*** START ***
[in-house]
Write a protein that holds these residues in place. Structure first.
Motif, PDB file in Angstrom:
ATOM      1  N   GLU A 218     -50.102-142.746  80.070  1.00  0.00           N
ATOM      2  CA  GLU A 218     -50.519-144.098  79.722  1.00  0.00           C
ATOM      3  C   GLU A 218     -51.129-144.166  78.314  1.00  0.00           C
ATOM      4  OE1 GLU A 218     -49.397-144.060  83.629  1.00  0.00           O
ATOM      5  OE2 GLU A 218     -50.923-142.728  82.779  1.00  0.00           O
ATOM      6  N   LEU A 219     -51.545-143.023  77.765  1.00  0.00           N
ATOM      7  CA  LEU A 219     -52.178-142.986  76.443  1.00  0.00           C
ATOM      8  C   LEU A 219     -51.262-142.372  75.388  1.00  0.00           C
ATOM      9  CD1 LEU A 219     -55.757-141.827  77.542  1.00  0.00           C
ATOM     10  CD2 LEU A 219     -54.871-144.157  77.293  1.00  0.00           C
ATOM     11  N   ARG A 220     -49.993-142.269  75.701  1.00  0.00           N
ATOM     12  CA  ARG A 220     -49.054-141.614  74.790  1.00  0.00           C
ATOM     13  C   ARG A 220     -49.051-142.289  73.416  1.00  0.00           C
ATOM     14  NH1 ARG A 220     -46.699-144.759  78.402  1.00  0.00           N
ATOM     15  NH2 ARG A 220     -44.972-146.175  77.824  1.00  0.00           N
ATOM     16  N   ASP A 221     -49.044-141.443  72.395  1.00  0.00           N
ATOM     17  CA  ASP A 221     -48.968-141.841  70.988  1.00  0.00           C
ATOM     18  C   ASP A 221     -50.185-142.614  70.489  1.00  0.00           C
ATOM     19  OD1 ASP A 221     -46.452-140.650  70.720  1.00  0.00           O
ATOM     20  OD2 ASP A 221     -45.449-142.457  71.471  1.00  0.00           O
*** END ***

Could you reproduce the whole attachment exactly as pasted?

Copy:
[in-house]
Write a protein that holds these residues in place. Structure first.
Motif, PDB file in Angstrom:
ATOM      1  N   GLU A 218     -50.102-142.746  80.070  1.00  0.00           N
ATOM      2  CA  GLU A 218     -50.519-144.098  79.722  1.00  0.00           C
ATOM      3  C   GLU A 218     -51.129-144.166  78.314  1.00  0.00           C
ATOM      4  OE1 GLU A 218     -49.397-144.060  83.629  1.00  0.00           O
ATOM      5  OE2 GLU A 218     -50.923-142.728  82.779  1.00  0.00           O
ATOM      6  N   LEU A 219     -51.545-143.023  77.765  1.00  0.00           N
ATOM      7  CA  LEU A 219     -52.178-142.986  76.443  1.00  0.00           C
ATOM      8  C   LEU A 219     -51.262-142.372  75.388  1.00  0.00           C
ATOM      9  CD1 LEU A 219     -55.757-141.827  77.542  1.00  0.00           C
ATOM     10  CD2 LEU A 219     -54.871-144.157  77.293  1.00  0.00           C
ATOM     11  N   ARG A 220     -49.993-142.269  75.701  1.00  0.00           N
ATOM     12  CA  ARG A 220     -49.054-141.614  74.790  1.00  0.00           C
ATOM     13  C   ARG A 220     -49.051-142.289  73.416  1.00  0.00           C
ATOM     14  NH1 ARG A 220     -46.699-144.759  78.402  1.00  0.00           N
ATOM     15  NH2 ARG A 220     -44.972-146.175  77.824  1.00  0.00           N
ATOM     16  N   ASP A 221     -49.044-141.443  72.395  1.00  0.00           N
ATOM     17  CA  ASP A 221     -48.968-141.841  70.988  1.00  0.00           C
ATOM     18  C   ASP A 221     -50.185-142.614  70.489  1.00  0.00           C
ATOM     19  OD1 ASP A 221     -46.452-140.650  70.720  1.00  0.00           O
ATOM     20  OD2 ASP A 221     -45.449-142.457  71.471  1.00  0.00           O